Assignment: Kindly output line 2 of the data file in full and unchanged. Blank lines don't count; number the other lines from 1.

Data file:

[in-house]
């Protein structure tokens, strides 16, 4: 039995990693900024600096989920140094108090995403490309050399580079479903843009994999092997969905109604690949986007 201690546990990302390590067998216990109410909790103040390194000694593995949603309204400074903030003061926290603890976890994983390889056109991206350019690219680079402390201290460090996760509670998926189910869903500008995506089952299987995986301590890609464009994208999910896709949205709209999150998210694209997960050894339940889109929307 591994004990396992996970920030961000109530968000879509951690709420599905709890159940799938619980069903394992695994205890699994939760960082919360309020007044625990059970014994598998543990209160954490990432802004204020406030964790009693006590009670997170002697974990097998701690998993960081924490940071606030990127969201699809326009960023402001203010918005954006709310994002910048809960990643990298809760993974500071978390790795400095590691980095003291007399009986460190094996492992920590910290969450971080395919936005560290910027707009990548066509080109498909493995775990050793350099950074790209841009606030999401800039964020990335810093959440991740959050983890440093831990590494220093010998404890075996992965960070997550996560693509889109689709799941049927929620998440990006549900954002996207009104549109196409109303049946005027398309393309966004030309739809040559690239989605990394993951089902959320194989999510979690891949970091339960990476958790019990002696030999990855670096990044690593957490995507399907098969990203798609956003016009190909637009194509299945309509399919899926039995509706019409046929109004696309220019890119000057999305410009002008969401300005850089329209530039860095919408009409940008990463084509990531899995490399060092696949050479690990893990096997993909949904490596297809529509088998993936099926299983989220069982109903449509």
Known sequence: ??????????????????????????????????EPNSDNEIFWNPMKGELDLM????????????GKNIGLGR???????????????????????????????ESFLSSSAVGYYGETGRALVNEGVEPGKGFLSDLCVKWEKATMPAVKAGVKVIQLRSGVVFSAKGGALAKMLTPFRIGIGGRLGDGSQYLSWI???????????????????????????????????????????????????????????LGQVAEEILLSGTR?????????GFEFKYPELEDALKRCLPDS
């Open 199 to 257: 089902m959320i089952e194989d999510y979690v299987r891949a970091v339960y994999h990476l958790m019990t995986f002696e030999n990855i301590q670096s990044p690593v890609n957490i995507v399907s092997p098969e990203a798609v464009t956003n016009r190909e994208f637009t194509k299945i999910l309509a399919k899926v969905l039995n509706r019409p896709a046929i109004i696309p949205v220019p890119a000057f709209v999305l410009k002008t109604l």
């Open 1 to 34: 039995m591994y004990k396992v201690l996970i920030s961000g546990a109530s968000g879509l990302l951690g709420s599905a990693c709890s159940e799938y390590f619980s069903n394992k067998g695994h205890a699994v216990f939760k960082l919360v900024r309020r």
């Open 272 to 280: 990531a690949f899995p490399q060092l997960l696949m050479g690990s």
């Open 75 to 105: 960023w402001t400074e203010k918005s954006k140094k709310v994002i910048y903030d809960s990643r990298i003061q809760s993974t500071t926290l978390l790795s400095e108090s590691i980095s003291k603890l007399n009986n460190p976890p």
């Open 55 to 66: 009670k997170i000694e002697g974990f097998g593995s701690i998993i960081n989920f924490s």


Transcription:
């Protein structure tokens, strides 16, 4: 039995990693900024600096989920140094108090995403490309050399580079479903843009994999092997969905109604690949986007 201690546990990302390590067998216990109410909790103040390194000694593995949603309204400074903030003061926290603890976890994983390889056109991206350019690219680079402390201290460090996760509670998926189910869903500008995506089952299987995986301590890609464009994208999910896709949205709209999150998210694209997960050894339940889109929307 591994004990396992996970920030961000109530968000879509951690709420599905709890159940799938619980069903394992695994205890699994939760960082919360309020007044625990059970014994598998543990209160954490990432802004204020406030964790009693006590009670997170002697974990097998701690998993960081924490940071606030990127969201699809326009960023402001203010918005954006709310994002910048809960990643990298809760993974500071978390790795400095590691980095003291007399009986460190094996492992920590910290969450971080395919936005560290910027707009990548066509080109498909493995775990050793350099950074790209841009606030999401800039964020990335810093959440991740959050983890440093831990590494220093010998404890075996992965960070997550996560693509889109689709799941049927929620998440990006549900954002996207009104549109196409109303049946005027398309393309966004030309739809040559690239989605990394993951089902959320194989999510979690891949970091339960990476958790019990002696030999990855670096990044690593957490995507399907098969990203798609956003016009190909637009194509299945309509399919899926039995509706019409046929109004696309220019890119000057999305410009002008969401300005850089329209530039860095919408009409940008990463084509990531899995490399060092696949050479690990893990096997993909949904490596297809529509088998993936099926299983989220069982109903449509």